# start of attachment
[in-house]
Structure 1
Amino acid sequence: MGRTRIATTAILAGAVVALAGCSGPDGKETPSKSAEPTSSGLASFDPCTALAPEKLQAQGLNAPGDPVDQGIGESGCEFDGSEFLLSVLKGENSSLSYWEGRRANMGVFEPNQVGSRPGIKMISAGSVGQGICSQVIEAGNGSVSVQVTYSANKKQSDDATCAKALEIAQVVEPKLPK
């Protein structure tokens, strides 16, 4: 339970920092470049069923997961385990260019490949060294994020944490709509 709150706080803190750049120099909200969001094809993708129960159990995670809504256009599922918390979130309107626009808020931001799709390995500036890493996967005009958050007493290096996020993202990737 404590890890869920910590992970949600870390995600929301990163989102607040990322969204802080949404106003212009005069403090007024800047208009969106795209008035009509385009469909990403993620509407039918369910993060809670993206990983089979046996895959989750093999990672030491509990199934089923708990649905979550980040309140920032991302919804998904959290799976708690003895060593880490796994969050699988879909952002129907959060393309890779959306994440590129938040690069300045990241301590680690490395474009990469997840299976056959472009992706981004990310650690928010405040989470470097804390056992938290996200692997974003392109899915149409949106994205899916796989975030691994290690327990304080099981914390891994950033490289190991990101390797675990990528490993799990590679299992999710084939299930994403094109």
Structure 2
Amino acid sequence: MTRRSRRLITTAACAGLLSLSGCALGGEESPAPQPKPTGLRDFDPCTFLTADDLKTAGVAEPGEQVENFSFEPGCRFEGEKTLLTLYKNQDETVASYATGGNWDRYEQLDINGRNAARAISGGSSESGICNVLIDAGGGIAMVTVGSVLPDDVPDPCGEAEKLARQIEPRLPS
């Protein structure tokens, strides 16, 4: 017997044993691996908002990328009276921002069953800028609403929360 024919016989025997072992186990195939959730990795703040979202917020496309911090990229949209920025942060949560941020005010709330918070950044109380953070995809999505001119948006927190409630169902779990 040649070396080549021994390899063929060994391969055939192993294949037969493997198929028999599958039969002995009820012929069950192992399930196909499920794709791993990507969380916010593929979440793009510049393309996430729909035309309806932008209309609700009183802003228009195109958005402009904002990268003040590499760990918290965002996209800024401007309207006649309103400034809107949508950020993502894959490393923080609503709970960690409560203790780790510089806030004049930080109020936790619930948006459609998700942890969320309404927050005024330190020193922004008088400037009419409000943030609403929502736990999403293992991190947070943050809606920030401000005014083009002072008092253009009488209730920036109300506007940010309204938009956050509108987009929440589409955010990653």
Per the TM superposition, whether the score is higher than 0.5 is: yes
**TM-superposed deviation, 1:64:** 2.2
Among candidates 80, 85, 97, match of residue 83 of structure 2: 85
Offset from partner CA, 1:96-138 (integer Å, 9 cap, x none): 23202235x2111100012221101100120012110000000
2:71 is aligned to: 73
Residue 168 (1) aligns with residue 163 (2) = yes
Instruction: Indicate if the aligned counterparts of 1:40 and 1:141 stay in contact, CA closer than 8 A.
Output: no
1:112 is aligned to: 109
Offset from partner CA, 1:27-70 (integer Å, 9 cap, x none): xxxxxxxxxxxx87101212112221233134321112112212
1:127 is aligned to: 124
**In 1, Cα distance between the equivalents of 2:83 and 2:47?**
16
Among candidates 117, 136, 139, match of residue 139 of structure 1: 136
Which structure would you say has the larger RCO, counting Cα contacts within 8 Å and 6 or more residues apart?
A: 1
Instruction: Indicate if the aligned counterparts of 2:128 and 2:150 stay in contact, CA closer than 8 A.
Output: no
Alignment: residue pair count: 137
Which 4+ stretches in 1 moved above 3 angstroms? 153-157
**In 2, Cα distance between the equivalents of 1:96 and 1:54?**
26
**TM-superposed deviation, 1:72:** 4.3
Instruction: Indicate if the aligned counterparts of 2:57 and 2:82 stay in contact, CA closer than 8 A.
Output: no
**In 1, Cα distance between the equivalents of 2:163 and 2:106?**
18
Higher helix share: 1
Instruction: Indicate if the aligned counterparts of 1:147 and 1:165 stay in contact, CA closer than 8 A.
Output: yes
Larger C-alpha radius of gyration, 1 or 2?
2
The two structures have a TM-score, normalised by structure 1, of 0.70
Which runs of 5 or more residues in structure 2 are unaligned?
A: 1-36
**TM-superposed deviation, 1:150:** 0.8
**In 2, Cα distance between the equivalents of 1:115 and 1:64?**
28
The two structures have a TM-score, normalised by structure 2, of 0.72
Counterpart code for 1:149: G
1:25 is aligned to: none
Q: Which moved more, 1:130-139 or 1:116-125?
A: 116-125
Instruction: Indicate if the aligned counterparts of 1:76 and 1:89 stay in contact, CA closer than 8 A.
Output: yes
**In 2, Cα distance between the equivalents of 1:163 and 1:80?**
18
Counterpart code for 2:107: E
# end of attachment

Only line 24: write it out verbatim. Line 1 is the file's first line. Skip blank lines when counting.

Instruction: Indicate if the aligned counterparts of 2:128 and 2:150 stay in contact, CA closer than 8 A.